Republican Senators Lindsey Graham and Mike Lee were willing enough to help uncover proof of potential election fraud that they met with members of former President Trump‘s circle to hear what ‘evidence’ they had that the 2020 race was rigged, a new excerpt from ‘Peril’ revealed Monday.
Both lawmakers, who ultimately voted to certify the election results, were unconvinced.
According to the excerpt released by the Washington Post, Graham agreed to sit down with Rudy Giuliani and his team of lawyers on January 2 in a meeting arranged by then-White House Chief of Staff Mark Meadows.
Giuliani said his ‘evidence’ could hand Trump another four years.
But the South Carolina Republican reportedly thought there weren’t enough facts to back the bold claims and implored Giuliani to ‘give me some names.’
‘You need to put it in writing. You need to show me the evidence,’ he said.
Giuliani subsequently sent Graham several memos with his ‘proof’ that the Washington Post noted lacked references or solid evidence.
Graham, who has a legal background himself, called the arguments in Giuliani’s memos ‘third grade.’
Lindsey Graham met with Rudy Giuliani at the White House on January 2 over claims the election was stolen from former President Trump, according to a new excerpt from ‘Peril’
One memo claimed Pennsylvania processed 682,777 mail-in ballots without proper observation, an argument that was thrown out by a federal judge two months prior when it was used by the Trump campaign to stop officials certifying the state’s results.
Another was titled ‘Voting Irregularities, Impossibilities, and Illegalities in the 2020 General Election.’
Giuliani alleged in a third memo that hundreds of dead people voted in Georgia based on data from ‘mail-in and absentee ballot voter names and obituaries.’
Despite his reported misgivings Graham sent the documents to lawyer Lee Holmes, an attorney on the Senate Judiciary Committee that Graham sits on.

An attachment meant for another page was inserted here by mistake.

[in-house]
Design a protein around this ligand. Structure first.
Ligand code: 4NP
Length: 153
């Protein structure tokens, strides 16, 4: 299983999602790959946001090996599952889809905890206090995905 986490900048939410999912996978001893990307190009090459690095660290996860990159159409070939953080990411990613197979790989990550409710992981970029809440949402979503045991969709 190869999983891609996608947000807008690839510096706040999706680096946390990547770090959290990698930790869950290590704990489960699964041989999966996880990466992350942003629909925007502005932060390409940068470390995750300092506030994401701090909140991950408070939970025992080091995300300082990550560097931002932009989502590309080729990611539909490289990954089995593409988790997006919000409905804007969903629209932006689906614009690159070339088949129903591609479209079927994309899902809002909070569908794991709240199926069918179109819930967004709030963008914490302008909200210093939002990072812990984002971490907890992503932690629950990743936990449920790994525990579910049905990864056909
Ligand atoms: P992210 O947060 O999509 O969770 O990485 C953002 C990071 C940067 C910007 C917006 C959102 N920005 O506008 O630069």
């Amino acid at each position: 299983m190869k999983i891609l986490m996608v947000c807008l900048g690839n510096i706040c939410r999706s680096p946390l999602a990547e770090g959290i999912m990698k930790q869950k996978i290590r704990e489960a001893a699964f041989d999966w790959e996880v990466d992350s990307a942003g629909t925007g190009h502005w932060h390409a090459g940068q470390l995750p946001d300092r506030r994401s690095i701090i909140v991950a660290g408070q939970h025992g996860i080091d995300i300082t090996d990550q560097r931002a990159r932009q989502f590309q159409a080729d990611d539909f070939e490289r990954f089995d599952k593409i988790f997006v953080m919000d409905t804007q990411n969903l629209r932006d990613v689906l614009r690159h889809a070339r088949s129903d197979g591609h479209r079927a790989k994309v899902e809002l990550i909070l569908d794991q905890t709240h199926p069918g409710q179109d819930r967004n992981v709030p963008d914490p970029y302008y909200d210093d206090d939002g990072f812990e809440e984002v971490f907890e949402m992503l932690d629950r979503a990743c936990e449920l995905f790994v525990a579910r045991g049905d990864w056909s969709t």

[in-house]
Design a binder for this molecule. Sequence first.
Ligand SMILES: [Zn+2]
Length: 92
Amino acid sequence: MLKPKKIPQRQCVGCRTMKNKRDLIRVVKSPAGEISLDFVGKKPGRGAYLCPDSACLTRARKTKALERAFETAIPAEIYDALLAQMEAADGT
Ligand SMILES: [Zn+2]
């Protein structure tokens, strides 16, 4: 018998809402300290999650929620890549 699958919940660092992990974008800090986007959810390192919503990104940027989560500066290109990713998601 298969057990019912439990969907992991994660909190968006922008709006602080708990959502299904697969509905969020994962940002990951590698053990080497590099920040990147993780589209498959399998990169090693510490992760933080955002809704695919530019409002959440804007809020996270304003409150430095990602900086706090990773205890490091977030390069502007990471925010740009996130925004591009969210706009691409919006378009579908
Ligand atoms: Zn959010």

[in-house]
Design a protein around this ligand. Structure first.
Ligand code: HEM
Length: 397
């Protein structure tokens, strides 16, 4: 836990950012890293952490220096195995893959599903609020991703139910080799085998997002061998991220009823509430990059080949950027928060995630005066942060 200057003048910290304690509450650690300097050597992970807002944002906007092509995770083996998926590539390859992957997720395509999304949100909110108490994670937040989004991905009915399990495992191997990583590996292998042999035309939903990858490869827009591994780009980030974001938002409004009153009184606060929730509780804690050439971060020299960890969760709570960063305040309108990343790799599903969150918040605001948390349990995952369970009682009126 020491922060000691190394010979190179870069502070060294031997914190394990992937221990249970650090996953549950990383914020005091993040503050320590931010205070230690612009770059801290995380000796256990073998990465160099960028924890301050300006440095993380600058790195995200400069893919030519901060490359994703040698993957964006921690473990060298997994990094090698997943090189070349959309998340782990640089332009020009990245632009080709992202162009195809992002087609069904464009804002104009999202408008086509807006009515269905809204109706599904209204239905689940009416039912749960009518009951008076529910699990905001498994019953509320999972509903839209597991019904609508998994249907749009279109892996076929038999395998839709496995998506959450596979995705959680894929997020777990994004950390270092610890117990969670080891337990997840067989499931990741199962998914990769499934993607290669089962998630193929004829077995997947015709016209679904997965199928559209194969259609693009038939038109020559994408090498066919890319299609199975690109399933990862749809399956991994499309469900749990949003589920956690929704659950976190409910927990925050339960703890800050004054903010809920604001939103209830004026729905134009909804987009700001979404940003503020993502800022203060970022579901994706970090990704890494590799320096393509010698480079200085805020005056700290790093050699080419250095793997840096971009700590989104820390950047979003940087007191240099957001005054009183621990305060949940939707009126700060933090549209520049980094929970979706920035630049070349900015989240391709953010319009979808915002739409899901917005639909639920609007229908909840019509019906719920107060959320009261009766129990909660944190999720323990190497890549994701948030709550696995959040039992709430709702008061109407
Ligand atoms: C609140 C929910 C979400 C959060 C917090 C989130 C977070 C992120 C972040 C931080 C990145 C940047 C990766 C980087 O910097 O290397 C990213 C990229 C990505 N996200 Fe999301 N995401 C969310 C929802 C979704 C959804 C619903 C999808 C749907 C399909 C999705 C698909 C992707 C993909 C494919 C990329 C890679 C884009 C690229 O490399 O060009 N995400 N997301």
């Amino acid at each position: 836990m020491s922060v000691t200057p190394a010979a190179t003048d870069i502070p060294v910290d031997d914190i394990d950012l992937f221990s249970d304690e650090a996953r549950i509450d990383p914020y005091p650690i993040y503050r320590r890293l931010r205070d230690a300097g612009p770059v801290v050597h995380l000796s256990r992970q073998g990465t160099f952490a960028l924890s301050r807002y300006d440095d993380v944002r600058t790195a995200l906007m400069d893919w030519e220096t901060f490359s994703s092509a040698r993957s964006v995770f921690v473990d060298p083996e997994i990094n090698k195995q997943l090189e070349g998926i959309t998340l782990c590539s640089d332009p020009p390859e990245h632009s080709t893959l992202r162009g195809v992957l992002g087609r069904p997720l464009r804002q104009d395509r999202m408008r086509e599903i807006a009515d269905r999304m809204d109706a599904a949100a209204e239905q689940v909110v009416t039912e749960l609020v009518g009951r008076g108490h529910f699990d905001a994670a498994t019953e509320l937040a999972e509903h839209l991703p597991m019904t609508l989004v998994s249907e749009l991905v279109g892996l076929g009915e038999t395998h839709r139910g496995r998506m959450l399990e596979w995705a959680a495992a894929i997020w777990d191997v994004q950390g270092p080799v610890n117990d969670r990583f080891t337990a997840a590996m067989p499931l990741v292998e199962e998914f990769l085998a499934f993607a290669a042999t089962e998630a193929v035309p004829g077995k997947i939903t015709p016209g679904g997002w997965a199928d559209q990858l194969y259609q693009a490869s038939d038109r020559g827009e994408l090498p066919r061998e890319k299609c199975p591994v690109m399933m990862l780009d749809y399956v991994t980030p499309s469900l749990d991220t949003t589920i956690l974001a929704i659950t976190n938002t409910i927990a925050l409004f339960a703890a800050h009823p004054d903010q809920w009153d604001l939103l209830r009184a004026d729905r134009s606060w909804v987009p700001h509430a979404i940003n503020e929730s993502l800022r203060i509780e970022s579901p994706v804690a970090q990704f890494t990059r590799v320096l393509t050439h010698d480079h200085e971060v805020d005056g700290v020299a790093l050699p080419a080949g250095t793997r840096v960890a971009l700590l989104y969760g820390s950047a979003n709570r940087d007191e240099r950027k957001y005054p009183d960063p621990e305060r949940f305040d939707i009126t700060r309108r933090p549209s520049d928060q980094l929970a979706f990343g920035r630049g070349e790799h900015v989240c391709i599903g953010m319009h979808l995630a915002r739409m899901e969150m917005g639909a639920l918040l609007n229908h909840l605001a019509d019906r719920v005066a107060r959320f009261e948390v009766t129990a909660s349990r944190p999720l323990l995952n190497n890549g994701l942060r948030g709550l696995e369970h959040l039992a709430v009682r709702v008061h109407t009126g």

‘Peril’ is written by Washington Post reporters Robert Costa and Bob Woodward
Of the Georgia claim, Holmes reportedly thought it was more likely that some people voted and then died. He used Giuliani’s presented ‘evidence’ to come to that conclusion.
Holmes was also skeptical of claims regarding improperly filled absentee ballots and ballots cast from fake addresses.
Of the records he did find, they failed to reach levels Giuliani described. In Arizona, Giuliani claimed there were nearly 12,000 cases in which someone picked more than the maximum selections allowed on the ballot.
Only 180 of those applied to the presidential race.
‘Holmes could find no public records that would even allow someone to reach these conclusions,’ the book by Bob Woodward and Robert Costa states.
One memo regarding Georgia claimed the election there should be nullified and touted an ‘Independent analysis conducted by expert CPAs and Ivy League statisticians’ – but didn’t name who those experts were.
That report allegedly looked at data for 7.6 million US voters, but Graham’s lawyer found those claims inconclusive.
According to ‘Peril,’ Holmes said the claims ‘added up to nothing.’
‘Holmes found the sloppiness, the overbearing tone of certainty, and the inconsistencies disqualifying,’ it reads.
Also on January 2, the day of Graham and Giuliani’s West Wing meeting, Utah Senator Lee was given two pages labeled ‘PRIVILIEDGED AND CONFIDENTIAL’ from the White House.
The day of the Graham-Giuliani meeting, Utah Senator Mike Lee received a memo from the White House titled ‘January 6 scenario’
Inside was a memo titled ‘January 6 scenario,’ a theory claiming Mike Pence was the ‘ultimate arbiter’ and could call the election in favor of Trump during the official certification.
Behind the theory was legal scholar John Eastman, who days later addressed Trump supporters outside the White House on January 6, before the Capitol attack.
Eastman argued that Pence could declare Trump the victor because seven states submitted dueling slates of electors to Congress that were split between Trump and Biden.
He claims Pence could set those states aside and only count electors from the remaining states.
But according to Lee those dueling electors were Trump supporters who put themselves forward in certain states in what Woodward and Costa describe as a ‘social media campaign.’
It was written by a legal scholar who later spoke at Trump’s Stop the Steal rally on January 6
Lee was reportedly surprised Eastman would put the theory forward.
Both men had a background at the Supreme Court – Lee was a law clerk for Justice Alito and Eastman had been one for Justice Thomas.
The Utah Republican later told supporters at a late January event that he made multiple phone calls to officials in some of those states regarding a similar memo – but didn’t mention the author.
No officials acted on Lee’s call.
‘At that point, I believed that we had reached the end of the process, as indeed we had,’ he told constituents.
Eastman told the Washington Post that he was only exploring ‘all options that had been proposed’ and that he ultimately counseled Pence to delay certifying the results rather than act on dueling electors.